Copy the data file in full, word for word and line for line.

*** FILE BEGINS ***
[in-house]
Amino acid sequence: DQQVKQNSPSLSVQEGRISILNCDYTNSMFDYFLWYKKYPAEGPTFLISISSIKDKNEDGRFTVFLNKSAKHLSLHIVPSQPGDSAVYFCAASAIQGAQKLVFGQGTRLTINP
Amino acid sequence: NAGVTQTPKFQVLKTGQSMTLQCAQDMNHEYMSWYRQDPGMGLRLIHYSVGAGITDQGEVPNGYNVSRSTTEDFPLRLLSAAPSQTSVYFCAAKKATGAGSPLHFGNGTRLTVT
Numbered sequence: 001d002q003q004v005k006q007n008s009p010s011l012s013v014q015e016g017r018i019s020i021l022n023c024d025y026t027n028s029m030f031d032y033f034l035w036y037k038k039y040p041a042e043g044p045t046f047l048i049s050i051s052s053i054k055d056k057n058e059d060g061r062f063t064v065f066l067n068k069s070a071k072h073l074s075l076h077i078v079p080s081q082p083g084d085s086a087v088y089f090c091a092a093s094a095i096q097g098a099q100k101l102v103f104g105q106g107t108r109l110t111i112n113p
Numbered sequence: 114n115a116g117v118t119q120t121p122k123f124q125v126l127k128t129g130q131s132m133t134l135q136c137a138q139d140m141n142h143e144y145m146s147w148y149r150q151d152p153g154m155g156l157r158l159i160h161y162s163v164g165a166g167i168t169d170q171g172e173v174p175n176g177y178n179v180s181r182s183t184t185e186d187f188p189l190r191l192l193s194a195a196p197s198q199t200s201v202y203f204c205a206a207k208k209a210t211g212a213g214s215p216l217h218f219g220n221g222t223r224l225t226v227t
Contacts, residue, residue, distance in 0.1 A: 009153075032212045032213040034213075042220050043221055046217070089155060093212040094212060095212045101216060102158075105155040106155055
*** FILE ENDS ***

[in-house]
Amino acid sequence: DQQVKQNSPSLSVQEGRISILNCDYTNSMFDYFLWYKKYPAEGPTFLISISSIKDKNEDGRFTVFLNKSAKHLSLHIVPSQPGDSAVYFCAASAIQGAQKLVFGQGTRLTINP
Amino acid sequence: NAGVTQTPKFQVLKTGQSMTLQCAQDMNHEYMSWYRQDPGMGLRLIHYSVGAGITDQGEVPNGYNVSRSTTEDFPLRLLSAAPSQTSVYFCAAKKATGAGSPLHFGNGTRLTVT
Numbered sequence: 001d002q003q004v005k006q007n008s009p010s011l012s013v014q015e016g017r018i019s020i021l022n023c024d025y026t027n028s029m030f031d032y033f034l035w036y037k038k039y040p041a042e043g044p045t046f047l048i049s050i051s052s053i054k055d056k057n058e059d060g061r062f063t064v065f066l067n068k069s070a071k072h073l074s075l076h077i078v079p080s081q082p083g084d085s086a087v088y089f090c091a092a093s094a095i096q097g098a099q100k101l102v103f104g105q106g107t108r109l110t111i112n113p
Numbered sequence: 114n115a116g117v118t119q120t121p122k123f124q125v126l127k128t129g130q131s132m133t134l135q136c137a138q139d140m141n142h143e144y145m146s147w148y149r150q151d152p153g154m155g156l157r158l159i160h161y162s163v164g165a166g167i168t169d170q171g172e173v174p175n176g177y178n179v180s181r182s183t184t185e186d187f188p189l190r191l192l193s194a195a196p197s198q199t200s201v202y203f204c205a206a207k208k209a210t211g212a213g214s215p216l217h218f219g220n221g222t223r224l225t226v227t
Contacts, residue, residue, distance in 0.1 A: 009153075032212045032213040034213075042220050043221055046217070089155060093212040094212060095212045101216060102158075105155040106155055